The safety of Lime Scooters has been called into question by the Australian Competition and Consumer Commission (ACCC). The consumer watchdog went after the e-scooter company over safety misrepresentations that left some riders injured.
Lime Scooters safety
The ACCC said on Wednesday that Lime Network Pty Ltd (Lime) failed to disclose a known safety issue with its Generation 2 e-scooters. The ACCC said that the Gen-2 Lime scooters could “apply excessive brake force, or locking, occurring on the front wheel, causing it to stop suddenly.”
This is said to have resulted in serious injuries such as broken bones and damaged teeth, as well as cuts and abrasions.
“Misrepresenting the safety of a product can have very serious consequences,” ACCC Commissioner Sarah Court said.
“Businesses must disclose known issues so that consumers can take extra precautions if they still choose to use the products.”
“The ACCC also stated that Lime did not comply with mandatory injury reporting requirements at least 50 times. These instances happened both within and outside of Australia.
“If a person has suffered a serious injury, illness or death associated with using their product either in or outside Australia, they must report it under the provisions of the Australian Consumer Law,” Court said.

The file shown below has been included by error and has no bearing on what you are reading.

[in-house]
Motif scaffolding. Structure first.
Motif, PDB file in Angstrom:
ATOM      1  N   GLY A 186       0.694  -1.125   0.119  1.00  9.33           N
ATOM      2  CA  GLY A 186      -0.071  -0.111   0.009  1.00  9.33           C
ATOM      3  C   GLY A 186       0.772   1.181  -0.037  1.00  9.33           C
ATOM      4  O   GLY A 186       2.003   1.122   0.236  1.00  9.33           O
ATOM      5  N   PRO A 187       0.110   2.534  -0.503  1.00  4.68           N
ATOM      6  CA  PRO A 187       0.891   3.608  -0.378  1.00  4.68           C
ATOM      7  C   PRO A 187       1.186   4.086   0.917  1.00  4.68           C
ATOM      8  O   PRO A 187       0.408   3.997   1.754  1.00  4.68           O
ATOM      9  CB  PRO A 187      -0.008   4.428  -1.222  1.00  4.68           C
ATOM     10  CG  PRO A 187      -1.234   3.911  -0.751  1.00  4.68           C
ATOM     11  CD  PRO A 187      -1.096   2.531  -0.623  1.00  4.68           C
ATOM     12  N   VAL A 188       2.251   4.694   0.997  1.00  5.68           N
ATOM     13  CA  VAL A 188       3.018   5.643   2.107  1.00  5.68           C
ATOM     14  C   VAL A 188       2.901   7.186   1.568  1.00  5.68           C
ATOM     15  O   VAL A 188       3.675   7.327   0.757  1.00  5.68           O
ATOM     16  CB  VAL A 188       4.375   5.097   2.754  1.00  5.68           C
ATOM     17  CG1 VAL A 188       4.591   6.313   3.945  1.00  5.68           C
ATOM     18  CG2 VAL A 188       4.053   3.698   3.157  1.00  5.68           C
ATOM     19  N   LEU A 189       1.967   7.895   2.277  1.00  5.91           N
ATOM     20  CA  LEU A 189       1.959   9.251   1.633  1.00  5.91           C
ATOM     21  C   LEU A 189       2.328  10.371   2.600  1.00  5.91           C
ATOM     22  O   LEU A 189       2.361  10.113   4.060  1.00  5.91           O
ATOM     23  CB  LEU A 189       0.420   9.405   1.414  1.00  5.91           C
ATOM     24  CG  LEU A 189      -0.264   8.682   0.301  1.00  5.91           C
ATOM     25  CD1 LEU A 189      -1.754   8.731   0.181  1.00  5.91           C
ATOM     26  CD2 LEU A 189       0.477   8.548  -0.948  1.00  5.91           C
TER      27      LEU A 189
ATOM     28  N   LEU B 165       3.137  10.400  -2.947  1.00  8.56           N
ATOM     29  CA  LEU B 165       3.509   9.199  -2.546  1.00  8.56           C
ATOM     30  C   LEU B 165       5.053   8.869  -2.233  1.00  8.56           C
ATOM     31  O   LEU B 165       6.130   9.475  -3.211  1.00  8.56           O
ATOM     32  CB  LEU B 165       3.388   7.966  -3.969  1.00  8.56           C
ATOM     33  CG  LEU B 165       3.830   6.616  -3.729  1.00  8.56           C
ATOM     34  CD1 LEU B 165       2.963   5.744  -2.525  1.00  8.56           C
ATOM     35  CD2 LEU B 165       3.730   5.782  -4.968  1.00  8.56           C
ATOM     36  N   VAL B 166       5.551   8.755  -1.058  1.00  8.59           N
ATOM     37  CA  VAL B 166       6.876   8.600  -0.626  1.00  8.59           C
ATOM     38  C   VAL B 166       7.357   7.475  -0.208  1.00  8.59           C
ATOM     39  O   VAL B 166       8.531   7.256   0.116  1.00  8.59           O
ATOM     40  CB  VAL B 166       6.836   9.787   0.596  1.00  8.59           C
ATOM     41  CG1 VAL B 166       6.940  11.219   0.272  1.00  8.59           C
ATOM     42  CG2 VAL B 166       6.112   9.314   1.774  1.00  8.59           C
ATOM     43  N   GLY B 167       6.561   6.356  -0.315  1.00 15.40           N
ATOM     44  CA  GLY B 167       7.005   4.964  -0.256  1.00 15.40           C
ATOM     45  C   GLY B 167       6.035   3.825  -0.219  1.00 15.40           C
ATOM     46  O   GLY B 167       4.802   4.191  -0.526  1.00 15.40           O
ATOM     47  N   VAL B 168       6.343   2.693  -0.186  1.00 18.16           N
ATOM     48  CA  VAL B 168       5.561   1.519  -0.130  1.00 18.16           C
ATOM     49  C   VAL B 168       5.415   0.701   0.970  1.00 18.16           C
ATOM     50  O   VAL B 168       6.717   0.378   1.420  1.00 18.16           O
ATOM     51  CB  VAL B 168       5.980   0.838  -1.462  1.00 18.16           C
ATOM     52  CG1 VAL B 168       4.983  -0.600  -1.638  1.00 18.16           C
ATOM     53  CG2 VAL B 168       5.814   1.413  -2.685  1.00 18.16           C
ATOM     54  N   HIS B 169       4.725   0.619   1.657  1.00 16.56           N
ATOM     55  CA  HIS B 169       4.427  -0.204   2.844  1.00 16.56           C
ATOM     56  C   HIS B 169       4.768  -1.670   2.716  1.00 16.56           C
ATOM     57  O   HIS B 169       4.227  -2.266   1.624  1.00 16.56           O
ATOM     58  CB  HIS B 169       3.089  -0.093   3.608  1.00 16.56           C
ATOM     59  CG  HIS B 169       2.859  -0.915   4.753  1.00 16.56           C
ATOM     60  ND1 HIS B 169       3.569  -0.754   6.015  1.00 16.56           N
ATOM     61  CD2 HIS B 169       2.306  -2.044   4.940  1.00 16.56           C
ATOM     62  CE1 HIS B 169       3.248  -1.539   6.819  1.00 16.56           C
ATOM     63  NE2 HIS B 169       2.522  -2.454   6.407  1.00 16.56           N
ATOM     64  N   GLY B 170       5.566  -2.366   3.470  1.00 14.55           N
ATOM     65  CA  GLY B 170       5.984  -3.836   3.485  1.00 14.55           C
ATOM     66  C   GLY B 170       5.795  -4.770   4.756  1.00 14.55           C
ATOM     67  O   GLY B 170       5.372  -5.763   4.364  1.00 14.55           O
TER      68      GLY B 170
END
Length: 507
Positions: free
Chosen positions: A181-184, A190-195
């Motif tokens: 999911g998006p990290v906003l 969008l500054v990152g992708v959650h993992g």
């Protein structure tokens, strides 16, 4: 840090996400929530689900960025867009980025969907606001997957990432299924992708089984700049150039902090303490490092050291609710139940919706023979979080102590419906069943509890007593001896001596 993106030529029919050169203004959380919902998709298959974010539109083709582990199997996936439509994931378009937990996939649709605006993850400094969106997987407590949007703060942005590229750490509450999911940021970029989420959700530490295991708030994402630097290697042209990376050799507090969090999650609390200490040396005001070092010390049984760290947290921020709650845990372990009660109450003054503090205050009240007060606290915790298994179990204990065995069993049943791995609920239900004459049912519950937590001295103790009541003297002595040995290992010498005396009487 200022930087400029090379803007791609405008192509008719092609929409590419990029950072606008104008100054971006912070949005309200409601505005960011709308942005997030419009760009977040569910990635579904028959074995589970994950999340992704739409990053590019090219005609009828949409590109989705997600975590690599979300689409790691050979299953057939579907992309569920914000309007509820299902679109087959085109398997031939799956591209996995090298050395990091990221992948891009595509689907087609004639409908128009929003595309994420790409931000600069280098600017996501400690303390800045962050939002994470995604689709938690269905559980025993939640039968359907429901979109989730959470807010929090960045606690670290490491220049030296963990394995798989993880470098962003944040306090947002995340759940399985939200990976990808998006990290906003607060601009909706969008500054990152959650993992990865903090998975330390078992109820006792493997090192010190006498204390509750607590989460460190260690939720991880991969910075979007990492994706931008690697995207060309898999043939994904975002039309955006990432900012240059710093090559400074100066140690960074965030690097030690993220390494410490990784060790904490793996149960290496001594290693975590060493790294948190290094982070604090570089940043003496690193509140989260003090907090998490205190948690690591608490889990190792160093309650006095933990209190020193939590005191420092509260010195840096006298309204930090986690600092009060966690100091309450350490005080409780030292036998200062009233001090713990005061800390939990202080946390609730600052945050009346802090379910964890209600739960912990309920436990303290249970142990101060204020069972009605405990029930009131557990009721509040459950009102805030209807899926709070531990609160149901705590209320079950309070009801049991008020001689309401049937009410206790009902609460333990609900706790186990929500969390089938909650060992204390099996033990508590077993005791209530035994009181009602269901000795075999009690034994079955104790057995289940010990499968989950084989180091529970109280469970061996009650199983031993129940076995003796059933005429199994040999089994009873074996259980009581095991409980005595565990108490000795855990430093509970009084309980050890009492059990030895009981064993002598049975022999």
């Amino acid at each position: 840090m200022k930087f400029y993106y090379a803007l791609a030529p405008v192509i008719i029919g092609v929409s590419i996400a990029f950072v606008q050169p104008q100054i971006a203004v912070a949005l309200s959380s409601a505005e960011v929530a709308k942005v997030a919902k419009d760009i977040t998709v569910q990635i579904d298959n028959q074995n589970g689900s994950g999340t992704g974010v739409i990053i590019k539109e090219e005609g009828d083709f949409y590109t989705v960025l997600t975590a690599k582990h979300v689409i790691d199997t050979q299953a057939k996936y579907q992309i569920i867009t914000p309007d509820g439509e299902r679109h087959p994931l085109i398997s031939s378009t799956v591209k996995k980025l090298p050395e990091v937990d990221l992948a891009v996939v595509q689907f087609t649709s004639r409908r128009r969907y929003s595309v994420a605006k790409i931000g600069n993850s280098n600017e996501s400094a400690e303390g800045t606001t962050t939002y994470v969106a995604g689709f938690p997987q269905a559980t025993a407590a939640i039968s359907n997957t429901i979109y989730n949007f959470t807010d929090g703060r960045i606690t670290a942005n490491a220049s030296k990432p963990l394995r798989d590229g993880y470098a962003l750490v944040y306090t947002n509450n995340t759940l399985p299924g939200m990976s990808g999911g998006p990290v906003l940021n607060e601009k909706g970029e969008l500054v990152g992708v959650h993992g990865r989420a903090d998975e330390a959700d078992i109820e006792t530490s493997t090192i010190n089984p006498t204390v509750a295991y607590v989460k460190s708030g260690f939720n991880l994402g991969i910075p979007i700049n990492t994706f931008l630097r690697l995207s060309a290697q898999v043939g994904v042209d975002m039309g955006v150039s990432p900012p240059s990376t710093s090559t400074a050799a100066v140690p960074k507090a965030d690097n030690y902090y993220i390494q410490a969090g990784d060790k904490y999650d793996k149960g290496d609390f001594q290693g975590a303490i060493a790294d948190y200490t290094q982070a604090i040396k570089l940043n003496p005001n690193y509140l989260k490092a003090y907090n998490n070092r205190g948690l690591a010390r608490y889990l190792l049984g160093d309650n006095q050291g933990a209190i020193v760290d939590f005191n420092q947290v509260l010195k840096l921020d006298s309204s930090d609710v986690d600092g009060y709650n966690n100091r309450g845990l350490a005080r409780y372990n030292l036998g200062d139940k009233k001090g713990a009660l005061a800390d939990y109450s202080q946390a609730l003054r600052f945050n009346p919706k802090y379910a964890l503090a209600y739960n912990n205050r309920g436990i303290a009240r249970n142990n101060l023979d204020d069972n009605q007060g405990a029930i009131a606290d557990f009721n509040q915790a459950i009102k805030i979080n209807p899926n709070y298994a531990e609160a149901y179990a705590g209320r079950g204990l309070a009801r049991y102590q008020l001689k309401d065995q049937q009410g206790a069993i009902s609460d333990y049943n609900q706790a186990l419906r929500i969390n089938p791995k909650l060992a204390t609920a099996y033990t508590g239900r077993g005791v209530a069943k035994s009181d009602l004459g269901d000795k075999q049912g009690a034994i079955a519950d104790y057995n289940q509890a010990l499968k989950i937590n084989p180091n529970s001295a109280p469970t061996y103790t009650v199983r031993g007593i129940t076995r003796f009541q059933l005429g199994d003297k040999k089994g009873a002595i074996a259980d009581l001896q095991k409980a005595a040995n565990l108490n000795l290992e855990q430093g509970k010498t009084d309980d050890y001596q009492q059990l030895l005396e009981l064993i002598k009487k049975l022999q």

Lime did not notify the Commonwealth Minister about firmware updates to the Gen-2 scooters. This is a requirement under Australia’s product safety laws. These updates apparently fixed the safety issues and were rolled out between February and March 2019.
“The ACCC considers that Lime was required to give written notice to the Commonwealth Minister within two days of applying each firmware update, because this was effectively action to recall the Gen 2-e-scooters,” Court said.
According to the ACCC, Lime has admitted to breaching Australian Consumer Law reporting obligations.
“Lime has acknowledged its conduct was likely to have contravened the Australian Consumer Law, and has admitted that each time it failed to report a serious injury to the Commonwealth Minister it breached its Australian Consumer Law reporting obligations.”
Lime in Australia
Lime scooters have been available in three states, in a limited capacity, since 2018. This makes sense considering each state’s different e-scooter laws.
The Gen-2 was first trialled at Victoria’s Monash University Clayton campus in November 2018. It was then offered in Brisbane between November 16, 2018 and March 23, 2020. Adelaide also had a trial between February and April 2019.
Gen-3 Lime Scooters have been available in Brisbane since February, 2020.
All Lime Scooters were suspended on March 23, 2020 due to the outbreak of COVID-19. It is unclear if or when they will be available again. If it does recommence, only Gen-3 e-scooters will be offered.
Gizmodo Australia has reached out to Lime for comment.